In poor weather conditions a rear windshield wiper provides clear vision through your rear view mirror’s line of sight. As a bonus, it usually allows for the incorporation of a washer-fluid dispenser that can improve vision in dry conditions, too. Rear wipers come standard on SUVs and many hatchbacks, but why don’t all cars have one?
Is a Rear Windshield Wiper Even Necessary?
Many opinions exist regarding the absence of rear windshield wipers on sedans. Some claim that because of the aerodynamics of a sedan, it doesn’t require one: Windshear alone does a fine job of driving water, snow and debris from the surface of the glass.
Others point to the body style: The length of the trunk compartment acts as a buffer between the wheel spray and the window, preventing it from settling on the glass.
Another opinion returns to aerodynamics, suggesting that air movement over the top of a sedan would lift the wiper from the surface of the glass, making it useless.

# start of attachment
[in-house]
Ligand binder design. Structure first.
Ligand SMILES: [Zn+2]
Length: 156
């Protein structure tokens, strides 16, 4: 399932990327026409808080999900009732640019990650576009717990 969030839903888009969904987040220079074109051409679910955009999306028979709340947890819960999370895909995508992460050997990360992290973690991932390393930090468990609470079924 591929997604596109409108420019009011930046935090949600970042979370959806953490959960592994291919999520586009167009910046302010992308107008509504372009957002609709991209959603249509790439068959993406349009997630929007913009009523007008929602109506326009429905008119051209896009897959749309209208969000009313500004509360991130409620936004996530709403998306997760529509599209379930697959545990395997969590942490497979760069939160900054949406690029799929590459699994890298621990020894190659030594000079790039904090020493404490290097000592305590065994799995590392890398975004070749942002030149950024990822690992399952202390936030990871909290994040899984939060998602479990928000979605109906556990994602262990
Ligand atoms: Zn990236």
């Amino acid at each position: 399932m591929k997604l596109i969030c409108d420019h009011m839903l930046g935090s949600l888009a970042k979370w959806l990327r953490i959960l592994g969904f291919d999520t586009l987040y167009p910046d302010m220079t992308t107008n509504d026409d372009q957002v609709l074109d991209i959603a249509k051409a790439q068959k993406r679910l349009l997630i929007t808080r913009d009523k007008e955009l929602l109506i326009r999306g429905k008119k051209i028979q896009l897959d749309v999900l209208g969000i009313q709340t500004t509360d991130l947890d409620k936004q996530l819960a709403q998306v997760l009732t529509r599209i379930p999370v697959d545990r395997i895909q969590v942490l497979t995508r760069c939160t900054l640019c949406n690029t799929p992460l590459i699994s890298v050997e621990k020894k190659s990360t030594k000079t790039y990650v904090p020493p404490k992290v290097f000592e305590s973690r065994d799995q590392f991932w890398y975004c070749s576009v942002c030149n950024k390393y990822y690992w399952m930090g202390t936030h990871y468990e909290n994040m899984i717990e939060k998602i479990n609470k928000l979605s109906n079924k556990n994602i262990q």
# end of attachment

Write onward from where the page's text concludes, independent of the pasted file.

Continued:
Rear Windshield Wiper Manufacturing Considerations
There are all sorts of possible reasons that car makers might choose to leave off a rear windshield wiper. Some that top the list: Lack of space to conceal a rear windshield wiper motor and washer-fluid reservoir, the added cost of the system, weight reduction considerations (to meet fuel-efficiency standards), increased drag (which disrupts aerodynamics, and once again, fuel efficiency) and cosmetic appeal.
Rear Windshield Wiper: The Final Word
The most satisfying answer in the end? Because the car designer decided not to put one there. Exactly why they made that decision could well have to do with any of the speculations above, as determined by their unique set of traditions, values and sensibilities.